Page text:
One of the best awards in the post season is the Comeback Player of the Year Award. The award is one of the best because it celebrates the underdog, a player that overcame obstacles to have a season nobody expected. It's one of the bluest collar awards of them all and Fans dig that. We love those stories where a player overcomes and is again successful. Each league has two obvious choices this year. The National League has Pat Burrell and the American League has Bruce Chen. Let's start with Chen.
Bruce Chen capped off his year on Friday night with a 7-0, complete game shutout against the Tampa Bay Rays on a night when the Rays are fighting for the best record in baseball and the AL East title. Chen gave up two hits and two walks and struck out seven. The win finishes his season with a 12-7 record with a 4.17 ERA. It was only the second time in Chen's career that he won more than ten games. Chen's season wasn't ace-like in any shape or form. His WHIP is a hefty 1.4+. His BABIP (.289) suggests that he was a bit lucky. In eleven of Chen's starts, the Royals scored six or more runs for him and obviously, his record during those games was 8-0.
But that's not really the point. The point is that Chen has pitched for ten different major league teams. He pitched in five games in 2007. He was out of the major leagues the entire 2008 season. He pitched (badly) in just 17 games for the Royals last year and here he is making 22 starts and 32 overall appearances covering 140 innings and he won twelve of his nineteen decisions. After all these years, he gave the Royals a league average pitcher and there is a lot to be said for that. If the Royals had two or three more guys like him, they would have been a much better team. This is a guy who played for parts of 13 seasons in the minors and parts of 12 seasons in the majors and he never quit and he came from nowhere this year and gave the Royals their best pitching performance this side of Zack Greinke. That's your basic definition of a comeback player of the year.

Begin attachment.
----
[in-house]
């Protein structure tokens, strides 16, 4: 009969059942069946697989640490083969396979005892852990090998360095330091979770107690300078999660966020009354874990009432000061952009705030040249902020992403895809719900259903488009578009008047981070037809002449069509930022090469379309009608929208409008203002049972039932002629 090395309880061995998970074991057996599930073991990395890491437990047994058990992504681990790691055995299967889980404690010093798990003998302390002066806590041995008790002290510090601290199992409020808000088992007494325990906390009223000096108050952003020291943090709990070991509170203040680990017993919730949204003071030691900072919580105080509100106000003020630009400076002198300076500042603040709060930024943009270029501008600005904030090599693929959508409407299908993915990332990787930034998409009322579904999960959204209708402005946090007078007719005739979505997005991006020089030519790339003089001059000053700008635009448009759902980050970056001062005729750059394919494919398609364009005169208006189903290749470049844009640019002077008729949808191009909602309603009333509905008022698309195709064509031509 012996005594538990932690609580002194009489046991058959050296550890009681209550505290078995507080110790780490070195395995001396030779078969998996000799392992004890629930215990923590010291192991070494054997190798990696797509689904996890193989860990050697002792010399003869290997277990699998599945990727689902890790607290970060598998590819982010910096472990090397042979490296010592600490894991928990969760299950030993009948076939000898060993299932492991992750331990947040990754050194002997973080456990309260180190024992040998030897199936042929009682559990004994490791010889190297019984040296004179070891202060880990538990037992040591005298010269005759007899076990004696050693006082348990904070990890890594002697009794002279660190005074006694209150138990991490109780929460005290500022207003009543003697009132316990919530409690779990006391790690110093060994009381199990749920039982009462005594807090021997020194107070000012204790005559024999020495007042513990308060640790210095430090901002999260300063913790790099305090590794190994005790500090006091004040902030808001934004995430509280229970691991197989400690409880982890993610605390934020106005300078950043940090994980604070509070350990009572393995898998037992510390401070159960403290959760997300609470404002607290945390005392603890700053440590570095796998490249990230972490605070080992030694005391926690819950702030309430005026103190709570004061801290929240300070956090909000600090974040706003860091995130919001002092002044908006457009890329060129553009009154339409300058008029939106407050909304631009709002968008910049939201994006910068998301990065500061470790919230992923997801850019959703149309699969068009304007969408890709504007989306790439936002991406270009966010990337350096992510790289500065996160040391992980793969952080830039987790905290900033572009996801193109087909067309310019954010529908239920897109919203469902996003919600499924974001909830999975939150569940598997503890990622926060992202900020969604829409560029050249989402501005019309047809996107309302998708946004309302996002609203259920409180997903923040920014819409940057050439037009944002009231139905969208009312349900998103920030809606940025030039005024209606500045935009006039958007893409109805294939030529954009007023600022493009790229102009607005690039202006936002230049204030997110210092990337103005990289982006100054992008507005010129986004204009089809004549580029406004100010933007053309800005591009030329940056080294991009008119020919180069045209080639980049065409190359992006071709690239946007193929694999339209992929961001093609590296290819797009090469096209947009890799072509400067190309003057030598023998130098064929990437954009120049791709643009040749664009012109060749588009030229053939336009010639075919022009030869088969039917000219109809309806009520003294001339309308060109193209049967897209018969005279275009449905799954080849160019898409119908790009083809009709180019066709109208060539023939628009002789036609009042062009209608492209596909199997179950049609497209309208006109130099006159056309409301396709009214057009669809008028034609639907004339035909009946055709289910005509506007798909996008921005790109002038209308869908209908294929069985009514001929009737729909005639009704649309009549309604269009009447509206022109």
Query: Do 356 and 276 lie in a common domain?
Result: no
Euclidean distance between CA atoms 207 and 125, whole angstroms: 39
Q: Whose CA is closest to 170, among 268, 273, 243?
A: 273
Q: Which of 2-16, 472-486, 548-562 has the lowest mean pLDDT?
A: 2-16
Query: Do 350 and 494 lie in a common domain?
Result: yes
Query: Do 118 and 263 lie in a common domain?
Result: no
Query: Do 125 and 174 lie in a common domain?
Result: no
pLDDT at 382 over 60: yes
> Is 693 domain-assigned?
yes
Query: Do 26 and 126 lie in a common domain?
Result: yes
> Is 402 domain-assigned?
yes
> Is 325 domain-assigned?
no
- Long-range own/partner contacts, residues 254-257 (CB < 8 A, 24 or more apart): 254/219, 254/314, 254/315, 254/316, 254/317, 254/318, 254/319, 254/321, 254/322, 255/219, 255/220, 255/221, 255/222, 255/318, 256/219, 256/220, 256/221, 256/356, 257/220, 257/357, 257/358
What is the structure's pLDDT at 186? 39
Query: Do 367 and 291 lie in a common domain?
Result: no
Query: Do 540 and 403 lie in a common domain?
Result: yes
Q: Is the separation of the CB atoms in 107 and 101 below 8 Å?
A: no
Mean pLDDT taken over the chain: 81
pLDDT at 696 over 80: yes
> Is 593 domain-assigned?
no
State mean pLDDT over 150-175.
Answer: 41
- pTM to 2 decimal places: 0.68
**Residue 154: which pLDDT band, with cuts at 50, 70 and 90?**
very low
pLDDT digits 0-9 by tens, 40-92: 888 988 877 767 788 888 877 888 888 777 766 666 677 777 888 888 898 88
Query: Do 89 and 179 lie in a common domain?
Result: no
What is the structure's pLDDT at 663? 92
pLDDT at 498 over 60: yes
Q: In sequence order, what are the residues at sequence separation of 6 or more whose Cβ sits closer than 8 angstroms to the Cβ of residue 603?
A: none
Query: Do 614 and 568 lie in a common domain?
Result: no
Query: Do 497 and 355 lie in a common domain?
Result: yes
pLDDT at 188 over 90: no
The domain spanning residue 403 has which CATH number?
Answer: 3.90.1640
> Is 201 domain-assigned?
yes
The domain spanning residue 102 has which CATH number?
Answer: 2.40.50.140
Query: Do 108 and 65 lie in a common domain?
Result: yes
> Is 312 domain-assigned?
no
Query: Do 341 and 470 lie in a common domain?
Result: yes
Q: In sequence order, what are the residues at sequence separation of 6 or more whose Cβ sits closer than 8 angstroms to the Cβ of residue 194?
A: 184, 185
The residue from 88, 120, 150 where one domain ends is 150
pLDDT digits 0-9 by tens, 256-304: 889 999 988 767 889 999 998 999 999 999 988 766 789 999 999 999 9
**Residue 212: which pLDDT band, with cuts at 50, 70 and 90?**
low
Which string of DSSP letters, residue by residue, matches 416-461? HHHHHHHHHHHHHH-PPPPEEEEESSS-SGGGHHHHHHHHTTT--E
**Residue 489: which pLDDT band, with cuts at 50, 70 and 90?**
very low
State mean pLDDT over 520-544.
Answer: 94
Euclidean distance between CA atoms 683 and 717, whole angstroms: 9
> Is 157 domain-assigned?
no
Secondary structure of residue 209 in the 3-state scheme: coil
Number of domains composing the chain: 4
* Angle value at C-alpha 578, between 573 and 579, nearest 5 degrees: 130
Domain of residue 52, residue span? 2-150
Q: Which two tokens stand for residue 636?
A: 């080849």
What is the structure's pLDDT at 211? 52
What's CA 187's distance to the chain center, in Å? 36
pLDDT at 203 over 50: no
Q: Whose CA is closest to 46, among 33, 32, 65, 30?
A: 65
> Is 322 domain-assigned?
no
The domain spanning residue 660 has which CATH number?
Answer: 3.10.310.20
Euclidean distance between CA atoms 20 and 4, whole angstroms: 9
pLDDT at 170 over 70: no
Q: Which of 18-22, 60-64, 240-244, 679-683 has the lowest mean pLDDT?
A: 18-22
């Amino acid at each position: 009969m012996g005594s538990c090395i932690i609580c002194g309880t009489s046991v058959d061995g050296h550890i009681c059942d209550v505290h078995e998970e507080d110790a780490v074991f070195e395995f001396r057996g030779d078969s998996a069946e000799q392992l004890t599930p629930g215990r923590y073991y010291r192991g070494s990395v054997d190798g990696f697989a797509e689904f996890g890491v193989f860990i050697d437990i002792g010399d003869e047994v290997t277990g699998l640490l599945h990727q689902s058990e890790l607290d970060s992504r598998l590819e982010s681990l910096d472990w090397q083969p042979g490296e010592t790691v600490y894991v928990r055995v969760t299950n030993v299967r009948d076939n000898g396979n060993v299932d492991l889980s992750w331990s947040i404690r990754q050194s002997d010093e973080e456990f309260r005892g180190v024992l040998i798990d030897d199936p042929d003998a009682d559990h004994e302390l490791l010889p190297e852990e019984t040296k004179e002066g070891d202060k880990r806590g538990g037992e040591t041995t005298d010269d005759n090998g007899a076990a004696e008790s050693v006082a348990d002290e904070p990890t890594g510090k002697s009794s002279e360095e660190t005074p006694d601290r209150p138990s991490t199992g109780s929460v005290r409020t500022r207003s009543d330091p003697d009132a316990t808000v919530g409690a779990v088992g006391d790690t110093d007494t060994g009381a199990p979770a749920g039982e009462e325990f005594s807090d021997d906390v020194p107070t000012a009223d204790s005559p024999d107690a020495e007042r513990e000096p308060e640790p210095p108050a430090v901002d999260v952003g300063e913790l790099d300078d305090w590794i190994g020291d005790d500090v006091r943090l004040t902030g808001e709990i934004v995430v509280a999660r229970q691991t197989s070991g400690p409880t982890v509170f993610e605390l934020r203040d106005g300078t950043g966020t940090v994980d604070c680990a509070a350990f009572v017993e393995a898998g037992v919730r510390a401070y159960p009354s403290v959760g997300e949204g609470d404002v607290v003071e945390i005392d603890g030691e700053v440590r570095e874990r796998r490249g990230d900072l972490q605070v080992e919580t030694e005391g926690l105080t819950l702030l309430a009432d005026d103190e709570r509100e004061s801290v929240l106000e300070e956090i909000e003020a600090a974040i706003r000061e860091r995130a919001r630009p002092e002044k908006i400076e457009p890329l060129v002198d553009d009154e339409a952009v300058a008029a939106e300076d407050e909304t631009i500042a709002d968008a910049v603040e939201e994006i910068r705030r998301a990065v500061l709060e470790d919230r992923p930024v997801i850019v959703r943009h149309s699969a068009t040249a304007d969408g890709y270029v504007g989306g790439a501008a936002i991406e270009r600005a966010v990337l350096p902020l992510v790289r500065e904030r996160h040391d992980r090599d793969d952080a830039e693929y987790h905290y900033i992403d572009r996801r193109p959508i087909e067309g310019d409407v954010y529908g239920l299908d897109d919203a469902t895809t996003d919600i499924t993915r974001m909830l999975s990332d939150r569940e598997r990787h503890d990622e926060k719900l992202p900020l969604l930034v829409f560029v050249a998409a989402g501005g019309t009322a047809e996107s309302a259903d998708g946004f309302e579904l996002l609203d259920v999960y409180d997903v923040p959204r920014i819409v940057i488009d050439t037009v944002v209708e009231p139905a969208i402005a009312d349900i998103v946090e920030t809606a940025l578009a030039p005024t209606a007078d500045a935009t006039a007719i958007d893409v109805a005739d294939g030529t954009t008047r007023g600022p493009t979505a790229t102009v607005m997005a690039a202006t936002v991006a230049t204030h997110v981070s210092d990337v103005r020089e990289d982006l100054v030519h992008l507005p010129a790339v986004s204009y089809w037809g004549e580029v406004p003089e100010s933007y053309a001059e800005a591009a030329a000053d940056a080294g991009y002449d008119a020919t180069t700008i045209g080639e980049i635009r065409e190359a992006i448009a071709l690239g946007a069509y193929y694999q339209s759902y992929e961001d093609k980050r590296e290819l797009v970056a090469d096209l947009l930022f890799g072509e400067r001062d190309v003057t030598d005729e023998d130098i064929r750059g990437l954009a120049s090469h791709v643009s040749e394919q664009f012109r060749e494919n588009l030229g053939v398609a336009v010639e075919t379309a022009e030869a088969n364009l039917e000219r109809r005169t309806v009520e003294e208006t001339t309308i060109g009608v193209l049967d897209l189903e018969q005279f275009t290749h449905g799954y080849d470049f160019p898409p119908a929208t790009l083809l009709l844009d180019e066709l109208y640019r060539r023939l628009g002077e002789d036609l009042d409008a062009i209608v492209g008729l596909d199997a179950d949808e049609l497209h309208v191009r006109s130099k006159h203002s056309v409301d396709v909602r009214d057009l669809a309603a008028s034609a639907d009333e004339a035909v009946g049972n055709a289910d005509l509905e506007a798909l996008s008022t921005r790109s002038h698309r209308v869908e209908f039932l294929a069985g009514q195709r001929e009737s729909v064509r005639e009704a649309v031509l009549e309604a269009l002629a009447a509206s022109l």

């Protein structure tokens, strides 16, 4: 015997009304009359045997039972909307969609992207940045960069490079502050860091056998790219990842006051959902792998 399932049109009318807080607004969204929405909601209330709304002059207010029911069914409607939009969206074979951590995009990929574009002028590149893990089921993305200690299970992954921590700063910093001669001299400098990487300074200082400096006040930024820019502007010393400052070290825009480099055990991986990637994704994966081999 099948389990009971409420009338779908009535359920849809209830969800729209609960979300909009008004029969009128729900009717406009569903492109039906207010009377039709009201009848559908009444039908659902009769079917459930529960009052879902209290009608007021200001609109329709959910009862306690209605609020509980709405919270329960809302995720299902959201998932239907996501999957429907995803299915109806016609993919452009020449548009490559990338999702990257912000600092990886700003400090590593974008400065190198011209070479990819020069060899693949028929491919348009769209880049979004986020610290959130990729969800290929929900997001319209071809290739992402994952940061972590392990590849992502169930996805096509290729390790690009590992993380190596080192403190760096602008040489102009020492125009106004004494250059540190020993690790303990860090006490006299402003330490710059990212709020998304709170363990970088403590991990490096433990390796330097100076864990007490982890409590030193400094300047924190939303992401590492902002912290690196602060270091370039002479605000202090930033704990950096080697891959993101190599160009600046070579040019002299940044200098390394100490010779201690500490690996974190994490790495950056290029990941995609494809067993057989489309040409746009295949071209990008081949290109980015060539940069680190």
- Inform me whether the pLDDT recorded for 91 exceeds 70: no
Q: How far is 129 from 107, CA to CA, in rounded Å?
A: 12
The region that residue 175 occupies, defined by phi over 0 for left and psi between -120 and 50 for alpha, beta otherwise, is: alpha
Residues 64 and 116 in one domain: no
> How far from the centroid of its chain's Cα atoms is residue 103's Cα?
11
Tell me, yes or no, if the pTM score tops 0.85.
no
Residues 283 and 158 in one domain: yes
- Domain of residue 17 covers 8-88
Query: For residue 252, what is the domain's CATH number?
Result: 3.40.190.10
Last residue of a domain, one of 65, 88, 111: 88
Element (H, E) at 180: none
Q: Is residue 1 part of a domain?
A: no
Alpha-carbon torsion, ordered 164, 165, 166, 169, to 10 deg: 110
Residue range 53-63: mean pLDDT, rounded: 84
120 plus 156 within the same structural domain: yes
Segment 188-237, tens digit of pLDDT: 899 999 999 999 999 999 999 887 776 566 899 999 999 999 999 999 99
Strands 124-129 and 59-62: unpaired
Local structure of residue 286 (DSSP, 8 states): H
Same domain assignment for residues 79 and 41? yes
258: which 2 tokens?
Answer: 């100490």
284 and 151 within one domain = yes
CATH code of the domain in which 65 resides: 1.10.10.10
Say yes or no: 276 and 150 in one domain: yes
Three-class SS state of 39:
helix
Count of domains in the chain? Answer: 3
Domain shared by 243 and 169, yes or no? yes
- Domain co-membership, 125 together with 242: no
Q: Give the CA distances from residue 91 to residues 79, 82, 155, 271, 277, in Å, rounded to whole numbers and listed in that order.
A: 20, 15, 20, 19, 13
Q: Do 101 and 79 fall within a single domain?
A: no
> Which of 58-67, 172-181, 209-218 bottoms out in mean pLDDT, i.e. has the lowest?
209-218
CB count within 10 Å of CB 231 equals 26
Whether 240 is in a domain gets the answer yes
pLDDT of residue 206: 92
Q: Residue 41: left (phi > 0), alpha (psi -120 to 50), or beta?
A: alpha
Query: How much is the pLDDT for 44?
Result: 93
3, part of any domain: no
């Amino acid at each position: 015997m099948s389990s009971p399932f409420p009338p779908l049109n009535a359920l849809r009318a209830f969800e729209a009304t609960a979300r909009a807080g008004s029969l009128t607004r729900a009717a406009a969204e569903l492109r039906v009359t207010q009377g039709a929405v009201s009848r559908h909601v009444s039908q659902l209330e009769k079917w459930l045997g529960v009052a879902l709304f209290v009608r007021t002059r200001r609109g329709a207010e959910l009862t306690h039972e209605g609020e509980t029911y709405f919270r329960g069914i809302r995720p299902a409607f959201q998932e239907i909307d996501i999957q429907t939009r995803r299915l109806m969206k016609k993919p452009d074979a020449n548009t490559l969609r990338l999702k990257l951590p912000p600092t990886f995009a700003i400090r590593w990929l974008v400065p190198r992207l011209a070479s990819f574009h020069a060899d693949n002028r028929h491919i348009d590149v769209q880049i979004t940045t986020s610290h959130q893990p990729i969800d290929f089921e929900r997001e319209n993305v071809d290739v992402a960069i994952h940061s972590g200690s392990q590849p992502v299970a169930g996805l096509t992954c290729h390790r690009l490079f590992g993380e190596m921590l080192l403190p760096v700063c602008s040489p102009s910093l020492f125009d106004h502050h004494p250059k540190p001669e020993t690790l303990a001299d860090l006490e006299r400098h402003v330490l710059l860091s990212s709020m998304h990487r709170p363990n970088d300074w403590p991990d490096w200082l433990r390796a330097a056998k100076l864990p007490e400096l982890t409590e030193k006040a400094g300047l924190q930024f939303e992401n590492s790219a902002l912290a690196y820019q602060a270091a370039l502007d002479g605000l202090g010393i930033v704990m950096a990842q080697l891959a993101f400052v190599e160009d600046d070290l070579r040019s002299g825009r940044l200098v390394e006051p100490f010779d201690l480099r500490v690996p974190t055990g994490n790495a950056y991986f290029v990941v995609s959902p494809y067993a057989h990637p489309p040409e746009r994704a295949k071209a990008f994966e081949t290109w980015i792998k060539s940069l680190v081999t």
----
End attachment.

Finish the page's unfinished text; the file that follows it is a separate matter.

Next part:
Pat Burrell was famous once. He was the golden boy of the Philadelphia Phillies. His good looks combined with average seasons of 28 homers a year with 91 RBIs, a penchant for getting on base helped him become an idol in the city of brotherly love. His average numbers there would be even better if you threw out 2003 which was so bad it had to be an outlier. He hit .205 that year for gosh sakes. But he had a big contract with the Phillies. He never was much of a left fielder. There is no DH in the National League and the Phillies decided not to prolong their relationship after the 2008 title season.
Burrell signed with the Tampa Bay Rays who desperately needed a DH. Burrell seemed perfect. Everyone thought it was perfect. But Burrell just didn't perform. He had a horrid 2009 there and his OPS+ was 81, easily the lowest of his career (including that horrid 2003). He came back in 2010 with the Bay Rays and it was even worse. After 24 games, his OPS+ was down to 73 and the Bay Rays couldn't take anymore and they released him.
That was one of the best things to ever happen to the San Francisco Giants. Burrell's slash line with the Giants: .264/.364/.507. He's had a 130 OPS+ with the Giants. And he along with Buster Posey have completely changed the Giants' line up and it has carried the Giants on the brink of a NL West title. He has a 1.018 OPS when there are runners are in scoring position with two outs. Burrell has an .892 OPS in high leverage situations. His WAR is the highest he's had since is 2005 season.
Who knows why Burrell didn't hit in Tampa. Perhaps he never could get the handle on the DH thing. Perhaps he's a better player in the National League (sort of like Javier Vazquez). Whatever it is, he's been reborn in San Francisco and he's probably (almost certainly) going to the post season and may get to face his old team. Now won't that be fun? He is the NL Comeback Player of the Year.